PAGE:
Every morning at 0800, the guards would come in and take the top board off and let us out, one person at a time, to empty our excrement containers. They had four guards watching the person who was emptying his bucket. We took as much time as possible to empty our buckets in order to keep our feet out of the foot traps. It was winter, and we had only the clothes we were wearing. It was so cold that I couldn’t sleep at night, and the foot traps kept my feet so numb I couldn’t feel them. In addition to the foot traps, the guards put nooses around our necks at night and tied the end of the rope to a post outside the cell. When the guards came around to check at night, they jerked on the rope and we had to call out in response. We began to worry about the foot traps; if we remained like this, we’d be crippled for sure.

Out Of The Foot Traps
The eighth day in this prison, I saw a metal piece of a machine-gun clip on the way to dump my excrement bucket. On the way back I pretended to drop my bucket accidentally and bent over and picked up the metal and a small rock. After the guards had put us back into the foot traps, I straightened out the piece of metal and ground it on the rock. It was several hours before I had produced a knife the size of my little finger. Using the knife, I slowly bore out the openings in the foot traps to give me room to move my feet. After three days, we had the openings widened enough that we were able to pull our feet out of the traps without the guards knowing. Thereafter, we were able to sleep comfortably, but we had to be alert and quickly put our feet back into the traps when the guards came.

Throughout this time, even though our mental state was confused, there wasn’t anyone who could not control himself. No one was so dejected that he considered suicide. We still had hope that if we weren’t killed, we might receive help from Air America, the U.S. government or the Red Cross. We started thinking of escaping, but there were no opportunities, as the guards were very strict.

February 1964: Fourth Prison
During the middle of February, we walked to Lang Khang Prison deep in the interior, adjacent to the Vietnamese border. We split off Route 9 into dense jungle. There we encountered Vietnamese soldiers building a road. They had a full complement of road-building equipment, even large tractors. After five days, we arrived at Lang Khang Prison. There were high guard towers along the rectangular fence. The floor was dirt, and the walls and ceiling were made of trees about the size of a person’s arm. There were long thorns in the wood, so one could not lean against the walls or touch the low ceiling. The cells were complete with foot traps.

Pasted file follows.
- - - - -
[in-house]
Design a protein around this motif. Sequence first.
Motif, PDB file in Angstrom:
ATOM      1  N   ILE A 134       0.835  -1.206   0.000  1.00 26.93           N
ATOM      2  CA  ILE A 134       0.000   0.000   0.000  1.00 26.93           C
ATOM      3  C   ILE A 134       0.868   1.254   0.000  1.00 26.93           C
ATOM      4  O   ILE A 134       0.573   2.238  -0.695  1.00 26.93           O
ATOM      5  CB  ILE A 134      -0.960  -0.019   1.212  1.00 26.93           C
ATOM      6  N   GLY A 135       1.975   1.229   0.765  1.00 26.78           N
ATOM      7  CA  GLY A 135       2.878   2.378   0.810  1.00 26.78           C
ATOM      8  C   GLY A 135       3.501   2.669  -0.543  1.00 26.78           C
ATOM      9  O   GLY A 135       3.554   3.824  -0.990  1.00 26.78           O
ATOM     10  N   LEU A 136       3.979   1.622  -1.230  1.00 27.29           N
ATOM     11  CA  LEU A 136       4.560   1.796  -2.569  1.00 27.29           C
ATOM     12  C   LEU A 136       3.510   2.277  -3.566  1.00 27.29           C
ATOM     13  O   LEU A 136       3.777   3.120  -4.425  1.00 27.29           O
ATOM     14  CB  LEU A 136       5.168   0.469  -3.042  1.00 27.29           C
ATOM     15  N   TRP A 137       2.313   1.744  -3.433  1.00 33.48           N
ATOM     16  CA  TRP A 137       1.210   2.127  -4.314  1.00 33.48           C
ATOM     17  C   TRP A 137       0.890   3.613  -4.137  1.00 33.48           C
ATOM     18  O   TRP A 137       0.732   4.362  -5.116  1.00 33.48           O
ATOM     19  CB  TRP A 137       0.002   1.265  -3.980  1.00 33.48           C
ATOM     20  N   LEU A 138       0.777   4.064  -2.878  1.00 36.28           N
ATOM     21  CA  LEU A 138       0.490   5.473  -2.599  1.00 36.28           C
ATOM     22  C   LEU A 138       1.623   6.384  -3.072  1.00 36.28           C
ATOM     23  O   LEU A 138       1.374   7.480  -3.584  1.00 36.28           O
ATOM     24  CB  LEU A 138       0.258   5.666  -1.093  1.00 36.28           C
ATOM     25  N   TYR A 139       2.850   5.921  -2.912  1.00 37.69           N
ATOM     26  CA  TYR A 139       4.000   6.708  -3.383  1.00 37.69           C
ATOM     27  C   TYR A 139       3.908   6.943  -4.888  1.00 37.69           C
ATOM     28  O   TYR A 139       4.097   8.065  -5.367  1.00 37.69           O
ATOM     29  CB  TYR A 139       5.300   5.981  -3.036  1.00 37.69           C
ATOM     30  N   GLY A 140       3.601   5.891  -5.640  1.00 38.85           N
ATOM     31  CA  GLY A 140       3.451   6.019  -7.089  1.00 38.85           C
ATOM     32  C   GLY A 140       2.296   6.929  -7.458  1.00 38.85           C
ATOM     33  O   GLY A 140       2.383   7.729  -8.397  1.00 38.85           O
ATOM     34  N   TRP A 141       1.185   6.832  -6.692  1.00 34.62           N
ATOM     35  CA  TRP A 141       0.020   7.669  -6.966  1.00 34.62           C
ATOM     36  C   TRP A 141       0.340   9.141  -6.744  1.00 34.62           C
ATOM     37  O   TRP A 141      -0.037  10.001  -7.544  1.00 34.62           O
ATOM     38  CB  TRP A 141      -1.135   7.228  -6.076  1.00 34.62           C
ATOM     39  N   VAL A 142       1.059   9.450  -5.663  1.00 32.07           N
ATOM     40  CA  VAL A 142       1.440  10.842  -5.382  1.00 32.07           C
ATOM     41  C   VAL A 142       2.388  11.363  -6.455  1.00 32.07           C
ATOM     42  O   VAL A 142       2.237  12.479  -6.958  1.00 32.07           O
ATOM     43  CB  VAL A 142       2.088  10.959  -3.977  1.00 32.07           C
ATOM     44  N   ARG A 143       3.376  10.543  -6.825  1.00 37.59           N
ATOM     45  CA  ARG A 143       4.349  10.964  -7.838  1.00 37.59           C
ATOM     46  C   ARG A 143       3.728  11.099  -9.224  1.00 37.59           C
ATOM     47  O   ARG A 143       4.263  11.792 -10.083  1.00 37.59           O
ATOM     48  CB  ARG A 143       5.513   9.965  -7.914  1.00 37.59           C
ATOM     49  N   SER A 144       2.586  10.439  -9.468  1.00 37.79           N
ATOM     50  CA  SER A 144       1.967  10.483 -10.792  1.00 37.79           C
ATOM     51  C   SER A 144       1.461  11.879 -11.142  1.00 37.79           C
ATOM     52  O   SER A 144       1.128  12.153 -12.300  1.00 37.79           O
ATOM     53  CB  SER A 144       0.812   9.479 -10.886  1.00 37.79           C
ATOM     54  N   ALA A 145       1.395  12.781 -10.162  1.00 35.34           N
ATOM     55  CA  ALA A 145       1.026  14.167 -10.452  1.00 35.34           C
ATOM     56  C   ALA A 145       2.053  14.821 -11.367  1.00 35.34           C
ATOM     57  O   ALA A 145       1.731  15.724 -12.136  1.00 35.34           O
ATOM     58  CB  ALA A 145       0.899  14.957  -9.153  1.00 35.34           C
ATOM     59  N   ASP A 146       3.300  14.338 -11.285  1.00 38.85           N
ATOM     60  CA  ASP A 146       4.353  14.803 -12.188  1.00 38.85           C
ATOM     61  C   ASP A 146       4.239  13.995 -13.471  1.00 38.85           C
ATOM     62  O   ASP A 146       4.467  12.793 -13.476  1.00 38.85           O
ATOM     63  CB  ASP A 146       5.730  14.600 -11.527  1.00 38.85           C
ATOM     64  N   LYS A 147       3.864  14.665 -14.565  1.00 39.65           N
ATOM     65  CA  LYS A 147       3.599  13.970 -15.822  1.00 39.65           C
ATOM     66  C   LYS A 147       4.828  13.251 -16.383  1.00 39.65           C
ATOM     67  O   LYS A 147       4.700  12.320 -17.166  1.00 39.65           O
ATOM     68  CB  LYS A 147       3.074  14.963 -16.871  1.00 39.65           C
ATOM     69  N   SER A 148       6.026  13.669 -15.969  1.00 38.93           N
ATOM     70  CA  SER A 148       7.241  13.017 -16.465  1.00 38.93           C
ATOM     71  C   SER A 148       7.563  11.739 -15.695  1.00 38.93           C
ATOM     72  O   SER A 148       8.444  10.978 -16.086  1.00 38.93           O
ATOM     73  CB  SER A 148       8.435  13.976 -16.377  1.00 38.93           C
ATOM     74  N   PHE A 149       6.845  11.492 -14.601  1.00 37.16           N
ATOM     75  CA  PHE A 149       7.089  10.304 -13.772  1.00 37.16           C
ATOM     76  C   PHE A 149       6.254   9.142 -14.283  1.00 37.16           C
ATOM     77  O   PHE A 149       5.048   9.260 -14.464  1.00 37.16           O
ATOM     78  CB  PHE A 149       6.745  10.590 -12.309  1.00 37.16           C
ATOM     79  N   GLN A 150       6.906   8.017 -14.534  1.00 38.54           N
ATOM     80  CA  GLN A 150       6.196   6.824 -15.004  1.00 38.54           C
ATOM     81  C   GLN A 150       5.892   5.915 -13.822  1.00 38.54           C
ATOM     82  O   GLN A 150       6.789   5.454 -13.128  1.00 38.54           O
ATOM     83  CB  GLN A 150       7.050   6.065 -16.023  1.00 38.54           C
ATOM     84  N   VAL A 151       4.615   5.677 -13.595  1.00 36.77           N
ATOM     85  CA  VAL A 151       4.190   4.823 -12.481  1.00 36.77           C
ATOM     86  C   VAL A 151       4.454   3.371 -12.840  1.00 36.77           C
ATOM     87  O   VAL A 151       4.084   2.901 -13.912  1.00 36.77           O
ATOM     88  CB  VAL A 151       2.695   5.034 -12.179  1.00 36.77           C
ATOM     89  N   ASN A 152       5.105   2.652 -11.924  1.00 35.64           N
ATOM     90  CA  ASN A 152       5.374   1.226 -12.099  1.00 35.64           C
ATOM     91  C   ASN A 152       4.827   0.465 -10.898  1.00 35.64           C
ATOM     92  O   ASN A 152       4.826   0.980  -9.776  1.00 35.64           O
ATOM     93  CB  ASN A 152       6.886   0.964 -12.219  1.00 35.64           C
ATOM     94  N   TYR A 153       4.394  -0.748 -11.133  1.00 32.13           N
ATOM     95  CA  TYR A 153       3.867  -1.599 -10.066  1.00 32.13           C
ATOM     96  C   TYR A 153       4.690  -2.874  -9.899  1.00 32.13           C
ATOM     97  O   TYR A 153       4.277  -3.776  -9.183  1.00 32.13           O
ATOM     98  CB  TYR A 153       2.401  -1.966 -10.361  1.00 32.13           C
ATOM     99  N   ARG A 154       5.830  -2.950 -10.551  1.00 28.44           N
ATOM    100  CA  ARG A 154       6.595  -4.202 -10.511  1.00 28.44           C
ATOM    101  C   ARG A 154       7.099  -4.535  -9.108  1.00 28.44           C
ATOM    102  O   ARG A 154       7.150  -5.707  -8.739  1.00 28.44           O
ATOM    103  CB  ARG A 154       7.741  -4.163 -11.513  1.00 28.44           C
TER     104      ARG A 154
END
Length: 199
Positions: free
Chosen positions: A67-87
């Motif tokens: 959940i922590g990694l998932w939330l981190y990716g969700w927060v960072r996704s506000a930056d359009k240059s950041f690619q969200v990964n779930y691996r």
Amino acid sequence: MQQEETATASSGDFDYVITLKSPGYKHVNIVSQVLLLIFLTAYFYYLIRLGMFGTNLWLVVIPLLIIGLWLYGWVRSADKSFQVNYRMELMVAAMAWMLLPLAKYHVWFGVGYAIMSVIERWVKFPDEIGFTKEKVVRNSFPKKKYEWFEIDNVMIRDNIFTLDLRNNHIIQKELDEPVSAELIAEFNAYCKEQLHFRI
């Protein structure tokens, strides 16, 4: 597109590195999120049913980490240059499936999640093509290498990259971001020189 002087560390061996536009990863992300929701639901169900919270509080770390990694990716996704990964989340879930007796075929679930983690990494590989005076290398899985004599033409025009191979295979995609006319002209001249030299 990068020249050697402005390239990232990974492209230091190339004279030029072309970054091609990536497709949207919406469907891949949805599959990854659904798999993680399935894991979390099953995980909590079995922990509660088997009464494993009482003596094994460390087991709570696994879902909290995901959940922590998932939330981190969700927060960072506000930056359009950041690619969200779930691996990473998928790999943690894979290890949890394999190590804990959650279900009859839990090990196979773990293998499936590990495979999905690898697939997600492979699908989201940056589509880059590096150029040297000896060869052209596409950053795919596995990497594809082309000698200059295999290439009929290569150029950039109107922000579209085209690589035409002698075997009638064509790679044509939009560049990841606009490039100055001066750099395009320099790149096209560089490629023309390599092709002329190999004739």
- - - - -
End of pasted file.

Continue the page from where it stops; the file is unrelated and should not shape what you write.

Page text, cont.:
At about 1600 on our first day, the guards led us outside the cell to a small stream, where we were allowed to bathe and wash our clothes for the first time. Before dark, the guards put us in the foot traps but also added some old-fashioned, heavy handcuffs. There were two ways of wearing them. One way was to have the hands together, as if praying. The other way was to put the wrists together with the fingers pointing out to the left and right. No matter which way they were worn, they were extremely agonizing. The first night was especially tortuous, trying to sleep in handcuffs and foot traps in the cold in wet clothing.

We used the knife to whittle away the foot traps as before. They didn’t put us in the handcuffs during the day but did so only at night. Again, a rope was connected to the handcuffs and tied to a post outside the cell. The sleeping quarters of the guards were located about 30 yards away, and we were able to build a fire, although we had to work together to fan the smoke away so they would not see it. Every day when we went to empty our buckets, we tried to pick up pieces of wood and tin to bring back to the cell. We molded dirt around the tin and used it as a cooking oven.

Eat Anything That Moves
At this prison, grasshoppers and crickets, lizards and chameleons came into the cell in large numbers to escape the cold. When we woke up each morning, we would lie there motionless with our eyes open while we located any critter that had come close to us. We would quickly jump and grab it, squeeze the head to kill it and put it in the pile with the others. We then would make a fire and cook the catch, divide and eat. We did this every day in order to survive. When we first started to eat these insects and animals, DeBruin and Y.C. To were squeamish and declined to do so. But after seeing us Thais eating every day, they gave it a try and then ate it every day not because it tasted good, but because they had to. How can a person who once weighed 150 pounds exist on two lumps of sticky rice a day? In five months, we each had dropped over 20 pounds, but we were still alive.

Planning An Escape
When we first arrived at Lang Khang, we were guarded very closely. Later the guards became more relaxed, probably thinking that there was no way we could escape. Sometimes the guard who had watch duty would climb up on the cell roof and sleep until his replacement came. The replacement would do the same. We saw this but had to find a way to get our handcuffs off. The handcuffs were attached at one end and, when folded over one’s wrists, were locked by a spring mechanism at the other end. We knew how to make a key, but we were lacking the material with which to do it.

Opening The Handcuffs